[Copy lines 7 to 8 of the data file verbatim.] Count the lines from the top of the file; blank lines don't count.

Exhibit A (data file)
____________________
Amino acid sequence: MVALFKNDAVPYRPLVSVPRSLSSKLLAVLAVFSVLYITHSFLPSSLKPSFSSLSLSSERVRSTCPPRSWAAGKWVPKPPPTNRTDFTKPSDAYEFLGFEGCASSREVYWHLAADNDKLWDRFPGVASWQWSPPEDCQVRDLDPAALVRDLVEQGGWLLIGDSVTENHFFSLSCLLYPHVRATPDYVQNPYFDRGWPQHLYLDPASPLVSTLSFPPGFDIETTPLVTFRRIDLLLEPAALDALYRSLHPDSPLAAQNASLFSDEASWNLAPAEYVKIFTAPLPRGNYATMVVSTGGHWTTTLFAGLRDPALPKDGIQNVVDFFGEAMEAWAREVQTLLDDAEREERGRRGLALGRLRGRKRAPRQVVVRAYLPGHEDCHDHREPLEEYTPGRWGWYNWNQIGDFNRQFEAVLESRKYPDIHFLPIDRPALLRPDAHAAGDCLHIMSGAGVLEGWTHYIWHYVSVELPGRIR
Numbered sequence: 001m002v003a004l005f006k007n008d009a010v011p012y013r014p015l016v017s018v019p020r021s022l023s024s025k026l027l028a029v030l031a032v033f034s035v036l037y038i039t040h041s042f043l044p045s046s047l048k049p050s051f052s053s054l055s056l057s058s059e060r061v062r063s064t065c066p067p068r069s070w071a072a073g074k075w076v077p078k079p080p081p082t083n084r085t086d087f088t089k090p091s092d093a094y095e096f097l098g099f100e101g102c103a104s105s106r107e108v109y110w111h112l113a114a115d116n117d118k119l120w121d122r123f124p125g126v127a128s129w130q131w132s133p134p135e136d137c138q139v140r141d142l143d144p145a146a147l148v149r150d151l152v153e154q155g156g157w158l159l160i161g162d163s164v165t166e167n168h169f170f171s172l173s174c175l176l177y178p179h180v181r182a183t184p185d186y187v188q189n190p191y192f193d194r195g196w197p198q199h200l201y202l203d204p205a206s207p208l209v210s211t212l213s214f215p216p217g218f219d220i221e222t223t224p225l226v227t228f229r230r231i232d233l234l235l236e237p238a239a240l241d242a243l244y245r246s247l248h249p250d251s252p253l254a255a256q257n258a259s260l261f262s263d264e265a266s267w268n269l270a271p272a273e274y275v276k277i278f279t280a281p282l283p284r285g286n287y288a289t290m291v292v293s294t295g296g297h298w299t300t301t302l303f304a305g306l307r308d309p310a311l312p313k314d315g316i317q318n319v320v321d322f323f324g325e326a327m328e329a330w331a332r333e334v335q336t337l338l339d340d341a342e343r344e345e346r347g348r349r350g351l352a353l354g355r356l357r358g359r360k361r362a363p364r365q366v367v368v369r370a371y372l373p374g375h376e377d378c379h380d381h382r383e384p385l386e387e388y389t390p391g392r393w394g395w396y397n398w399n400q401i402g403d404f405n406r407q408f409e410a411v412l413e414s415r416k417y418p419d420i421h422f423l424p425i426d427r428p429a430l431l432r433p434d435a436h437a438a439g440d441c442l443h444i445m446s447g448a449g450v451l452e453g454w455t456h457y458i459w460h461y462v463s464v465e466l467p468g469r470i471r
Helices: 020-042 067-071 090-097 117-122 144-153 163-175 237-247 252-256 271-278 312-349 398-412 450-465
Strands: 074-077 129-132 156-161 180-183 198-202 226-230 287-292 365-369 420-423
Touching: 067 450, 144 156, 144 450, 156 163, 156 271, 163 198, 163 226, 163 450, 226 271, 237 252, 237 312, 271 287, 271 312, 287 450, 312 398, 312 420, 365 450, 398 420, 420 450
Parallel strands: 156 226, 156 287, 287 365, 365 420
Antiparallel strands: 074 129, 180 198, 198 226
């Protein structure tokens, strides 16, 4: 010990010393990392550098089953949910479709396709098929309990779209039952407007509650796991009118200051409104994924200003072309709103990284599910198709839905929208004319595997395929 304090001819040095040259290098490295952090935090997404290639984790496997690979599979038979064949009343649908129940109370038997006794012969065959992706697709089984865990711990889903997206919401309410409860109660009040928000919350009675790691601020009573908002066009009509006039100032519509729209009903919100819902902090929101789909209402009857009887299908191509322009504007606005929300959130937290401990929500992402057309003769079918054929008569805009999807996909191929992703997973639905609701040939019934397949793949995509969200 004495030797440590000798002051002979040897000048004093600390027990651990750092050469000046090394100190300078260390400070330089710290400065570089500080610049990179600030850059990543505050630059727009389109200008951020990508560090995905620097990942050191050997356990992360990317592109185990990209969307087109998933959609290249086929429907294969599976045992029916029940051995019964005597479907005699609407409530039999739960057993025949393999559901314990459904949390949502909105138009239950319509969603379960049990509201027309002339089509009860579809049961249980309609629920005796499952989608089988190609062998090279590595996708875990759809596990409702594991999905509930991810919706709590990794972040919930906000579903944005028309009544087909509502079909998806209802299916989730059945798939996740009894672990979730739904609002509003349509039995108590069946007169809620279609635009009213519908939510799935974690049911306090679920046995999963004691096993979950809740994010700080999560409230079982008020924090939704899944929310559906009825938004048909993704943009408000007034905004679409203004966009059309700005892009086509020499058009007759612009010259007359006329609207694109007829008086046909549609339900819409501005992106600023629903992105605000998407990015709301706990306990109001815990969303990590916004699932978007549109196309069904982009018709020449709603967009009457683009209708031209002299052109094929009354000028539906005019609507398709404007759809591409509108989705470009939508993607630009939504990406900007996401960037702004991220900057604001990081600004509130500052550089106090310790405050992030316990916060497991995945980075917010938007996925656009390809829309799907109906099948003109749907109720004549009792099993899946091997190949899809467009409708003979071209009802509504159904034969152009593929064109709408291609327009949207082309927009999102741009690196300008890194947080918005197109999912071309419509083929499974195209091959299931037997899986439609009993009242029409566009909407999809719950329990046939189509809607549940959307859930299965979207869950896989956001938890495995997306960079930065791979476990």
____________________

Antiparallel strands: 074 129, 180 198, 198 226
């Protein structure tokens, strides 16, 4: 010990010393990392550098089953949910479709396709098929309990779209039952407007509650796991009118200051409104994924200003072309709103990284599910198709839905929208004319595997395929 304090001819040095040259290098490295952090935090997404290639984790496997690979599979038979064949009343649908129940109370038997006794012969065959992706697709089984865990711990889903997206919401309410409860109660009040928000919350009675790691601020009573908002066009009509006039100032519509729209009903919100819902902090929101789909209402009857009887299908191509322009504007606005929300959130937290401990929500992402057309003769079918054929008569805009999807996909191929992703997973639905609701040939019934397949793949995509969200 004495030797440590000798002051002979040897000048004093600390027990651990750092050469000046090394100190300078260390400070330089710290400065570089500080610049990179600030850059990543505050630059727009389109200008951020990508560090995905620097990942050191050997356990992360990317592109185990990209969307087109998933959609290249086929429907294969599976045992029916029940051995019964005597479907005699609407409530039999739960057993025949393999559901314990459904949390949502909105138009239950319509969603379960049990509201027309002339089509009860579809049961249980309609629920005796499952989608089988190609062998090279590595996708875990759809596990409702594991999905509930991810919706709590990794972040919930906000579903944005028309009544087909509502079909998806209802299916989730059945798939996740009894672990979730739904609002509003349509039995108590069946007169809620279609635009009213519908939510799935974690049911306090679920046995999963004691096993979950809740994010700080999560409230079982008020924090939704899944929310559906009825938004048909993704943009408000007034905004679409203004966009059309700005892009086509020499058009007759612009010259007359006329609207694109007829008086046909549609339900819409501005992106600023629903992105605000998407990015709301706990306990109001815990969303990590916004699932978007549109196309069904982009018709020449709603967009009457683009209708031209002299052109094929009354000028539906005019609507398709404007759809591409509108989705470009939508993607630009939504990406900007996401960037702004991220900057604001990081600004509130500052550089106090310790405050992030316990916060497991995945980075917010938007996925656009390809829309799907109906099948003109749907109720004549009792099993899946091997190949899809467009409708003979071209009802509504159904034969152009593929064109709408291609327009949207082309927009999102741009690196300008890194947080918005197109999912071309419509083929499974195209091959299931037997899986439609009993009242029409566009909407999809719950329990046939189509809607549940959307859930299965979207869950896989956001938890495995997306960079930065791979476990």